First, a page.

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Florida Business, Whistleblower, & Securities Lawyers / Blog / FINRA / FINRA Proposes Rule Change Calling For More Transparent Pricing of Non-Traded REITs

FINRA Proposes Rule Change Calling For More Transparent Pricing of Non-Traded REITs

The Financial Industry Regulatory Authority (“FINRA”) has proposed a change to NASD Rule 2340 (Customer Account Statements) which would remove a firm’s requirement to include per share estimated values for non-traded real estate investment trusts (“REITs”) on its customers’ account statements. If the firm chooses to list the estimated per share values of non-traded REITs on its account holders’ statements, the firm would be required to take into consideration various fees and expenses impacting the per share value, when determining the estimated value. If the proposed rule is approved by the Securities and Exchange Commission, it would eliminate the standard practice of firms reflecting the per share value of non-traded REITs at $10 per share.

Currently, NASD Rule 2340 mandates that brokerage firms provide account statements to its customers, on at least a quarterly basis, containing a description of any securities positions, money balances or account activity since the last statement, including the estimated per share values for non-traded REITs. As it stands now, during a non-traded REITs offering period, its annual report typically reflects its gross offering price without taking into consideration the offering expenses or cash distributions that occur during the offering period. Because a security’s initial offering period may last for three years and be extended, it is not inconceivable for a customer’s account statement to reflect the gross offering price for up to seven and a half years.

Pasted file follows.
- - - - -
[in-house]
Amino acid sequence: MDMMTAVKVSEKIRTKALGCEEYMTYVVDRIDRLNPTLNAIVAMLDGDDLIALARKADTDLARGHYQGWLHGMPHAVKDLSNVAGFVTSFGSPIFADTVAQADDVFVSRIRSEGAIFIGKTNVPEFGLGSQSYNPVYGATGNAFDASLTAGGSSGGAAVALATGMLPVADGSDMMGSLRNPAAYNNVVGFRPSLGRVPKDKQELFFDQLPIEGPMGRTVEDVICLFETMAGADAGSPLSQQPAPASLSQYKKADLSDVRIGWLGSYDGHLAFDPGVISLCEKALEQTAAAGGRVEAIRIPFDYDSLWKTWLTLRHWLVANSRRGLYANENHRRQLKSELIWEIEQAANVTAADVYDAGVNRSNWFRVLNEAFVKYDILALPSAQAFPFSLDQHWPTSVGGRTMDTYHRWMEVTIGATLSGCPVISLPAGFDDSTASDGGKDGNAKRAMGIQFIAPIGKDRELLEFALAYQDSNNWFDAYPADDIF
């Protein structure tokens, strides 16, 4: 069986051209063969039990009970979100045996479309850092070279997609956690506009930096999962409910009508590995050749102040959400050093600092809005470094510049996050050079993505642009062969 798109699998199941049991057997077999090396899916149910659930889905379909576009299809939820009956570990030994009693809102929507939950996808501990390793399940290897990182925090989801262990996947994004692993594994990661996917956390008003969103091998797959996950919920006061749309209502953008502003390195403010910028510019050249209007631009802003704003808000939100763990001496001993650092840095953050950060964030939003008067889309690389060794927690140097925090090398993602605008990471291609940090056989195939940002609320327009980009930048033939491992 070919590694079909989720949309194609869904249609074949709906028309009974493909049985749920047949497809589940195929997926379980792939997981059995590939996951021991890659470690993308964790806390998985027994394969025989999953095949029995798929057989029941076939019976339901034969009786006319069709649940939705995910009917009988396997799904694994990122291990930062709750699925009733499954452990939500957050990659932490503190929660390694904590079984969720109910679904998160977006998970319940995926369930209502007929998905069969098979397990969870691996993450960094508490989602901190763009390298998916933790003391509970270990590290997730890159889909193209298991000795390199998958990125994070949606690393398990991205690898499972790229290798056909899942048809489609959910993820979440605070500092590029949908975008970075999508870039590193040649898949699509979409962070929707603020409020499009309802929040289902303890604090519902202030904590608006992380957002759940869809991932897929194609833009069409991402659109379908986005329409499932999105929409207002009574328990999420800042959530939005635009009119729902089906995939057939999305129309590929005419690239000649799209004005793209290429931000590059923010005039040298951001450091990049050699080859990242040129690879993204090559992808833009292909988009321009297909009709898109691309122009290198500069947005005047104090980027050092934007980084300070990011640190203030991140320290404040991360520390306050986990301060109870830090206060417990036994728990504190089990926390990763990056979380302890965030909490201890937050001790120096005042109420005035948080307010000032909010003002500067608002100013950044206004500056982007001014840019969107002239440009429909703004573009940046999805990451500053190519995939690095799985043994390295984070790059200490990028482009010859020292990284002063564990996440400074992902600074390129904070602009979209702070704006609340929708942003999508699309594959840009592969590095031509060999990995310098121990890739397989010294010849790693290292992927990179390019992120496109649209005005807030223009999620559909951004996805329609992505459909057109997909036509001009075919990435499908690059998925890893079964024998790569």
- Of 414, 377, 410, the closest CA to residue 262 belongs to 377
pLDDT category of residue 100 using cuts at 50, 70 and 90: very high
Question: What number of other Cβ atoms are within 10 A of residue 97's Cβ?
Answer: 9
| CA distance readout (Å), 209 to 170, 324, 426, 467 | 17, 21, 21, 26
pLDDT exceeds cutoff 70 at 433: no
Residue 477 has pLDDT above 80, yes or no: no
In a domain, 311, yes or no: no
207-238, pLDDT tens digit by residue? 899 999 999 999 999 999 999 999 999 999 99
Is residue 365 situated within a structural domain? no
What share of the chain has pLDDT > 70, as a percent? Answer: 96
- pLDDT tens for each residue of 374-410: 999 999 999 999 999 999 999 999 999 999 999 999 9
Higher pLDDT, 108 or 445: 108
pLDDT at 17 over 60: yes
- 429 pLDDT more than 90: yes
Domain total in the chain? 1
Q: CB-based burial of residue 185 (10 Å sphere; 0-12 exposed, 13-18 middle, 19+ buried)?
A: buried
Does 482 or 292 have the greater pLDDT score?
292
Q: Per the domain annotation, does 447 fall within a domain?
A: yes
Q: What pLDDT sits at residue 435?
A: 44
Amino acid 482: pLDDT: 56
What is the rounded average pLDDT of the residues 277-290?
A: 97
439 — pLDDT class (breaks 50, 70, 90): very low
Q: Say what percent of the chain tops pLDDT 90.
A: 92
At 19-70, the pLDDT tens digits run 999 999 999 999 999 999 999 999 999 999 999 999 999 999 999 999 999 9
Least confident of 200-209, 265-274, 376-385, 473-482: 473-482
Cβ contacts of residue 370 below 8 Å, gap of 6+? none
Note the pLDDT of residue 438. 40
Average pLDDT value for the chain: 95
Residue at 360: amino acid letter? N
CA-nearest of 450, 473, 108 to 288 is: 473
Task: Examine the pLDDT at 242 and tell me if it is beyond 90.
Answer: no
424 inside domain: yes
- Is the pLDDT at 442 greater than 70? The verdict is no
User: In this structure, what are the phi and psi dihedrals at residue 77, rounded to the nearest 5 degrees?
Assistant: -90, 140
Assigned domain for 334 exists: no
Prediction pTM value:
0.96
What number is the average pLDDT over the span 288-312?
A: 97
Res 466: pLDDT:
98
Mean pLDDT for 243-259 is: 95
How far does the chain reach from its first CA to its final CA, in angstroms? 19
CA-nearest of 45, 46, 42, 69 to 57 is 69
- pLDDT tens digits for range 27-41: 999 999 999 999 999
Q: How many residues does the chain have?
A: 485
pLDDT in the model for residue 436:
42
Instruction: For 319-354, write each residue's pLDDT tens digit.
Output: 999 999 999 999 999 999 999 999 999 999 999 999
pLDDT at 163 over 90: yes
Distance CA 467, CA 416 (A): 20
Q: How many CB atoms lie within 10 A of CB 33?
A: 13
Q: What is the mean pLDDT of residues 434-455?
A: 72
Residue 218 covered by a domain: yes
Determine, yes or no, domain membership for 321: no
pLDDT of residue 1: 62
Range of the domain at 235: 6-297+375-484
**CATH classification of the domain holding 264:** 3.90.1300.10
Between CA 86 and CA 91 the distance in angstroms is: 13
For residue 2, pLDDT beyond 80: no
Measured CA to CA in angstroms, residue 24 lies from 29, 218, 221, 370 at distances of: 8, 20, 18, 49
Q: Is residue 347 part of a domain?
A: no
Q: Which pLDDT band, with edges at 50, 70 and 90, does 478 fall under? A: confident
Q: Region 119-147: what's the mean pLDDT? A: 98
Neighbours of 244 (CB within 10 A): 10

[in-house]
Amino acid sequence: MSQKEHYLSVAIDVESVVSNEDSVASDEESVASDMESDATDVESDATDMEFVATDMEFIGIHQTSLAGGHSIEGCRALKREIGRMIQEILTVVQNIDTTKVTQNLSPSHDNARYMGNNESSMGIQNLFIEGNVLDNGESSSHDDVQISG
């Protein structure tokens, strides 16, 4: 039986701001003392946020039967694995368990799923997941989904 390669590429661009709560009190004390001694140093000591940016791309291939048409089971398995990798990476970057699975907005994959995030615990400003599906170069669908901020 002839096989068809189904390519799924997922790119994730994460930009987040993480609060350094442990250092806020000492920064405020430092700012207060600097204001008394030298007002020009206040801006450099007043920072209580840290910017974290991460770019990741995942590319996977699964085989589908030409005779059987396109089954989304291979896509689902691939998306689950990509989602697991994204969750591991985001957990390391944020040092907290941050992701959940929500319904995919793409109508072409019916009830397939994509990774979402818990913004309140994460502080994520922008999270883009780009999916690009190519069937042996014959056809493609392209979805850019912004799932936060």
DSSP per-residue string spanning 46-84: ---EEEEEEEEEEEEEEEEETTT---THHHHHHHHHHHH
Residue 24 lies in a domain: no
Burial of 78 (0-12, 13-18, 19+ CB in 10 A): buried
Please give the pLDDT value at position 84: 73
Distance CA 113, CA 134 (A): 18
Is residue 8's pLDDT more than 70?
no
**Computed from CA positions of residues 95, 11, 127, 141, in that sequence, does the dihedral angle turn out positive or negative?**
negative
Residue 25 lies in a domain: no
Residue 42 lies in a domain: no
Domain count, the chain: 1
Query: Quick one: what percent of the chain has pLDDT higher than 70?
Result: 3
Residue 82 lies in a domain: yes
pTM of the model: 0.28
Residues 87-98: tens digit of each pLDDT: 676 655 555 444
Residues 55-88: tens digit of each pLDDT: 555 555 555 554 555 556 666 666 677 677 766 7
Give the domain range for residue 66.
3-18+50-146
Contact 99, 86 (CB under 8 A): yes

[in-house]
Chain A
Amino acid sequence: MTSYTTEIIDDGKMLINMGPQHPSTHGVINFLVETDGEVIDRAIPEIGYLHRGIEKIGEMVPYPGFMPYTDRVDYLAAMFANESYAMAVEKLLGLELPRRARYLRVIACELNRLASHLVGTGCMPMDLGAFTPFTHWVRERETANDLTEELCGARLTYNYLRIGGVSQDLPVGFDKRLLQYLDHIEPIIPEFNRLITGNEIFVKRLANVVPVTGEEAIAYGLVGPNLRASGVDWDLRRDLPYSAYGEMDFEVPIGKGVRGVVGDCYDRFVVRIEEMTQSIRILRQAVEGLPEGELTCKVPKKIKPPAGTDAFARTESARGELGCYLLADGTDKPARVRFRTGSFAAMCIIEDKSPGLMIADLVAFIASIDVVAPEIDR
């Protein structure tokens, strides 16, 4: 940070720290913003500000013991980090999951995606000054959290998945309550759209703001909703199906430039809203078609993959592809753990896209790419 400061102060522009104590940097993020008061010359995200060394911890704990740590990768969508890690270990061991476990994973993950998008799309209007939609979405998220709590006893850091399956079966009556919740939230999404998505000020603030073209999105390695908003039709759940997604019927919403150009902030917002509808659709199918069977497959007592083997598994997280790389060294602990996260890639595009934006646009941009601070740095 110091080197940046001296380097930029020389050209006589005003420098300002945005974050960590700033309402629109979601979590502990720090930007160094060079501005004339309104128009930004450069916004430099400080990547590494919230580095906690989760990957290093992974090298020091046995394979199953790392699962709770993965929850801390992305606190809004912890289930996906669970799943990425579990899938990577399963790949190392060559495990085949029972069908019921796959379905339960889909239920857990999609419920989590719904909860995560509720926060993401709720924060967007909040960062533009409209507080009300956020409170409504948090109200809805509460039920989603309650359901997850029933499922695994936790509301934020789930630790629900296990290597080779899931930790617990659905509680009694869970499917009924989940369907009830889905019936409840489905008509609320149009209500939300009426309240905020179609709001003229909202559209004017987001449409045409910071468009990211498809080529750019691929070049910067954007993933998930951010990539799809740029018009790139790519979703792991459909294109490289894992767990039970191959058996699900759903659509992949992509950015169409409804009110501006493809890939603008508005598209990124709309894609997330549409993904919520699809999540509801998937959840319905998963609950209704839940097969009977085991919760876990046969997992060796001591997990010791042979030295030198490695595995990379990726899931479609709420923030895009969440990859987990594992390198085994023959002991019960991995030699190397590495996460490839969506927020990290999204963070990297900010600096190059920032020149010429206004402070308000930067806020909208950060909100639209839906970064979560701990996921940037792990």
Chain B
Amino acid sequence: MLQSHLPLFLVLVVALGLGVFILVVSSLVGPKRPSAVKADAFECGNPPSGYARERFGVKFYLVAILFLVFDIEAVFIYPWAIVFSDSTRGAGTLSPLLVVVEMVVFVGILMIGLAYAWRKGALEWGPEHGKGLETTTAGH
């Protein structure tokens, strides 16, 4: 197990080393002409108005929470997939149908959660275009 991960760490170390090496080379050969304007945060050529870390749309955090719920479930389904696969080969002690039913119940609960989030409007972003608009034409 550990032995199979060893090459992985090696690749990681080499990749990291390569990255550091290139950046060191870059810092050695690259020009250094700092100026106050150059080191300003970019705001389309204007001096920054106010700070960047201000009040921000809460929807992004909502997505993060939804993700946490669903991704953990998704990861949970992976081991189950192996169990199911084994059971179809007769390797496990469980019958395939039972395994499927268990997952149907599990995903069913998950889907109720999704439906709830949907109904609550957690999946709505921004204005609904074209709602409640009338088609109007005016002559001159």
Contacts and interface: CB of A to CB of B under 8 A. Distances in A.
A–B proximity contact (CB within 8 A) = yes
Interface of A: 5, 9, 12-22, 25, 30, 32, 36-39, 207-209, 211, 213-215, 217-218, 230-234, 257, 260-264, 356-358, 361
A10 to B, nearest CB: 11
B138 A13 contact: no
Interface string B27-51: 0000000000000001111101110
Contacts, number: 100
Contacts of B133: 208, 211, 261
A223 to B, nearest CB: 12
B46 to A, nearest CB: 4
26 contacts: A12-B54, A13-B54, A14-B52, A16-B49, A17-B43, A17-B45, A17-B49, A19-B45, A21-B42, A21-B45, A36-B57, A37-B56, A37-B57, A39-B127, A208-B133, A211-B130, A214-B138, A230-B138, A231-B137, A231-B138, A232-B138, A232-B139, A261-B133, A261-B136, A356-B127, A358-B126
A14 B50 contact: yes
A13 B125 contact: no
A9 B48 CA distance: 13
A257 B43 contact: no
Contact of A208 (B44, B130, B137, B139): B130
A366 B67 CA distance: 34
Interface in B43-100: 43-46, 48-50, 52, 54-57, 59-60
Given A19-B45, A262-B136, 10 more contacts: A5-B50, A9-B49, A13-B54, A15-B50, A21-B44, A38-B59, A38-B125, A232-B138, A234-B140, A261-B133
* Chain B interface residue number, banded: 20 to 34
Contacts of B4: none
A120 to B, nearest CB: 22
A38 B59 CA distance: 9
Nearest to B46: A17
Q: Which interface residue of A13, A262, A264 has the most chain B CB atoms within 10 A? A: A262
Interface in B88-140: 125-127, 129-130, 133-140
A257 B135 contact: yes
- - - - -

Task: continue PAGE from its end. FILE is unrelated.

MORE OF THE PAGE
FINRA’s proposed revisions to NASD Rule 2340 would remove the requirement that firms include a per share estimated value for unlisted REITs, but any firm that chooses to include the estimated value must: 1) determine the value in a manner reasonably designed to ensure that it is reliable; 2) the firm has no reason to believe that the value is unreliable; and 3) the account statement must include specific disclosures.

The proposal submitted by FINRA includes two methodologies under which an estimated value would be presumed to be reliable: (1) net investment; and (2) independent valuation.

The net investment methodology would reflect the net investment disclosed in the issuer’s most recent periodic or current report. In its proposal, FINRA provided the example of a prospectus for a non-traded REIT containing a $10 per share offering price, disclosing selling commissions totaling 10%, and offering expenses of 2%, the amount would result in a net investment value of 88% or $8.80 per share.

The independent valuation methodology refers to the most recent valuation disclosed in the issuer’s periodic or current reports as determined by a third-party valuation expert.

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